White, male and with prospects. This seems to be the passcode for receiving a lenient sentence for a potentially horrific crime

 

On June 2nd, ex-Stanford University student Brock Turner was found guilty of three offences, including the attempted rape and sexual assault of an unconscious person. Outrage followed when Turner received the lenient sentence of six months in county jail, after the judge determined that a prison sentence would have a ‘severe impact’ on Turner’s future.

It’s clear things are seriously wrong when a rapist’s future success is given more consideration than the serving of justice to his victim. While the judge sat thinking about how a prison sentence would affect this former all-American swimmer’s career, his victim, who was so intoxicated that she only regained consciousness hours after the event, told the court and Turner: ‘I am a human being who has been irreversibly hurt’. Turner’s victim suffered sexual assault, yet apparently it’s Turner’s future that will be most seriously impacted …

If that’s not bad enough, Turner’s father penned a letter defending his son, stating that Turner should not have to serve a prison sentence for ’20 minutes of action’. To minimize the crime committed is abhorrent; it may have lasted only 20 minutes for the offender, but for the victim, the assault can last a lifetime. That’s a lifetime of fear, anger, confusion, and pain that is being overlooked in the interests of a young, white male with a promising future.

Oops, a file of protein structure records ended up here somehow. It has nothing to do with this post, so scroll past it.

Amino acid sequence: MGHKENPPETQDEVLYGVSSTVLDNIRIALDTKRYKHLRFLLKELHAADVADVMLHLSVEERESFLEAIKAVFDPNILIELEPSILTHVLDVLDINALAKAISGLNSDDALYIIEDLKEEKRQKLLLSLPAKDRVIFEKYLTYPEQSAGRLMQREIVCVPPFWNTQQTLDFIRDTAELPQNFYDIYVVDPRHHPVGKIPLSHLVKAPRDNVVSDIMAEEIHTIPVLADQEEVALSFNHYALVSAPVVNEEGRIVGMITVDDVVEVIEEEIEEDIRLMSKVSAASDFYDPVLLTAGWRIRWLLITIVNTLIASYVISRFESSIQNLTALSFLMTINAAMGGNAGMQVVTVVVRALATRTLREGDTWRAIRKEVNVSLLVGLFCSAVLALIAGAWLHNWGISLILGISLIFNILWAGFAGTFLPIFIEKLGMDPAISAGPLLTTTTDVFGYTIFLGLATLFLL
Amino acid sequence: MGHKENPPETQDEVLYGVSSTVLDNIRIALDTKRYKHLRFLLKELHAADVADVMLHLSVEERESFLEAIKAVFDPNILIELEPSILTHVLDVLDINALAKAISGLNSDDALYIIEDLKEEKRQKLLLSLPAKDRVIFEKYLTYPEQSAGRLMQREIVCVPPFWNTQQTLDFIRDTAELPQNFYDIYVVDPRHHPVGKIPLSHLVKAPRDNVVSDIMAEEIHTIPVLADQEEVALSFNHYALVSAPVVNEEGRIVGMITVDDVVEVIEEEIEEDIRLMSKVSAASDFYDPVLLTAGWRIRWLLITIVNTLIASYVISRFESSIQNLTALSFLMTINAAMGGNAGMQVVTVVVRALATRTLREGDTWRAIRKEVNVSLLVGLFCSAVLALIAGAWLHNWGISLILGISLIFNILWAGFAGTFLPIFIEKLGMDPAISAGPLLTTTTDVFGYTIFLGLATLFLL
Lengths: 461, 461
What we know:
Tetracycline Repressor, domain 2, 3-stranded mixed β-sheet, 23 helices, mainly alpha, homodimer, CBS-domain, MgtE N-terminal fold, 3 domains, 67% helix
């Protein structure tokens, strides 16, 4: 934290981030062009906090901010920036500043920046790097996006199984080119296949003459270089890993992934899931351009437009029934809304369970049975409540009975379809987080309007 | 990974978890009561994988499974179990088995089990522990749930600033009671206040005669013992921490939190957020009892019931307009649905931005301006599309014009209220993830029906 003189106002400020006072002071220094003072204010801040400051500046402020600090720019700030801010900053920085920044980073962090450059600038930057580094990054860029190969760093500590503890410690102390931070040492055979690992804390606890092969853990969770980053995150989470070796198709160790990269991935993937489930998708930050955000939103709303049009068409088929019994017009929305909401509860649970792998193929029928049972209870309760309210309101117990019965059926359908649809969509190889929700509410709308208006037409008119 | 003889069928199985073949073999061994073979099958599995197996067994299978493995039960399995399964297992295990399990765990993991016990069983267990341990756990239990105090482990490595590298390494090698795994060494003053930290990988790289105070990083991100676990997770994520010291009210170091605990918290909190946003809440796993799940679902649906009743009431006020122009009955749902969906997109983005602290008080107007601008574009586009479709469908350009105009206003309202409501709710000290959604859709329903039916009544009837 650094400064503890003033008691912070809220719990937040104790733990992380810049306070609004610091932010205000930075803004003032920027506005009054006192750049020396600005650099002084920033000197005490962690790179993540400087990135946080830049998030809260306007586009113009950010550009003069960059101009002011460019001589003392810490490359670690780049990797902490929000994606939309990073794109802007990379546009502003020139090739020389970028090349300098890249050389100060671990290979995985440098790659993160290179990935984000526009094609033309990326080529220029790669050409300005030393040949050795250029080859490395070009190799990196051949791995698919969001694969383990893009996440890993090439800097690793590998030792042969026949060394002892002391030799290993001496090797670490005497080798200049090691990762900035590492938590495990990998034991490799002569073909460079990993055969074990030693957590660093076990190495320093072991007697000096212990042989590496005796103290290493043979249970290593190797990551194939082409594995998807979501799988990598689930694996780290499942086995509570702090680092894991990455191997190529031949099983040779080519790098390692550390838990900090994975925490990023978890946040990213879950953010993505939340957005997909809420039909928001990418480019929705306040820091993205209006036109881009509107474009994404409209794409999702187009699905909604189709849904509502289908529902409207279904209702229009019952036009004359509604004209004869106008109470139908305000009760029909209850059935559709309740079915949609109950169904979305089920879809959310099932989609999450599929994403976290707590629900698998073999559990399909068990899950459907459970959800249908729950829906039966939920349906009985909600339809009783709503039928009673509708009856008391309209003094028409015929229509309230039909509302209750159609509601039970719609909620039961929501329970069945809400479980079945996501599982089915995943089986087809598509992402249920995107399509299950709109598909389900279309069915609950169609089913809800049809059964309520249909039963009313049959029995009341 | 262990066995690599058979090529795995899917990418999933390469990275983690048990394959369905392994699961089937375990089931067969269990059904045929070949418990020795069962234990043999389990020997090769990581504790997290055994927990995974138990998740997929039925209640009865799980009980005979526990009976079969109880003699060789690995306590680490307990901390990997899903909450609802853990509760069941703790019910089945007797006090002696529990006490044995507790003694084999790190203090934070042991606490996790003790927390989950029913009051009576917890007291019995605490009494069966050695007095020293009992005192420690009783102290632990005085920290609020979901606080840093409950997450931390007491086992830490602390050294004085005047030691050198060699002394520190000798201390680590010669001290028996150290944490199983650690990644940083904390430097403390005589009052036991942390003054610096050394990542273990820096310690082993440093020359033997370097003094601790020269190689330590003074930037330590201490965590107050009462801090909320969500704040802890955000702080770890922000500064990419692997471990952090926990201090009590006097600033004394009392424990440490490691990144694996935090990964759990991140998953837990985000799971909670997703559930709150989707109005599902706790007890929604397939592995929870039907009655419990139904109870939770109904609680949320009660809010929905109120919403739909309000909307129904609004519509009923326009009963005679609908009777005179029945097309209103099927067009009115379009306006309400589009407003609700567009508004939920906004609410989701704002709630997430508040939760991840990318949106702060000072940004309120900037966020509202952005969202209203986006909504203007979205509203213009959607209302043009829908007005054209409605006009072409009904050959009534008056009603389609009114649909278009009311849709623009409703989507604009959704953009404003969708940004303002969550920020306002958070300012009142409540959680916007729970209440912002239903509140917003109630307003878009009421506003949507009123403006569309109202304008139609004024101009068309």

In an attempt to convince us all that Turner is just a good guy who made a little mistake, his mugshot was not initially released. Alongside the articles reporting his trial you’ll see yearbook photos of Turner grinning in a suit and tie, looking anything but a sexual offender (who denied his crime despite running away from the scene after being spotted). This is not accidental. Mugshots exist for a reason; they allow us to keep a record of certain types of people, and ensure that, by capturing a criminal’s identity, they cannot escape their crime. By refusing to present Turner’s mugshot alongside the reports of his crimes, the press is attempting to prevent us from seeing him as he really is. The whole thing stinks of privilege.

If you’re not convinced that Turner’s representation in the press is a result of white man’s privilege, here’s another example: an Iowa paper faced a barrage of criticism after what appeared to be racially biased reporting. The newspaper reported a story about three white suspects who were arrested on suspicion of possessing stolen items, and the article featured the yearbook photos of the men. On the same day, the newspaper reported the arrest of four African-American men regarding burglary, however this time, mugshots of all four men were published. In addition to this, the white suspects were described as ‘wrestlers’ (despite their wrestling hobby being irrelevant to their crime), rather than as criminals. The newspaper claimed that the discrepancy was due to the fact that in order to obtain mugshots, a formal request must be made, yet they clearly made the effort to obtain the mugshots of the black men.

As long as we allow the ‘impact’ on the future of an offender — someone who knowingly damages the life of those they assault — to take precedence over attaining justice for their victim, we cannot call our justice systems fair. As long as we allow someone to be exempt from true punishment simply because they are white, male, and have good prospects, we cannot say that we truly respect those who do not fit that criteria.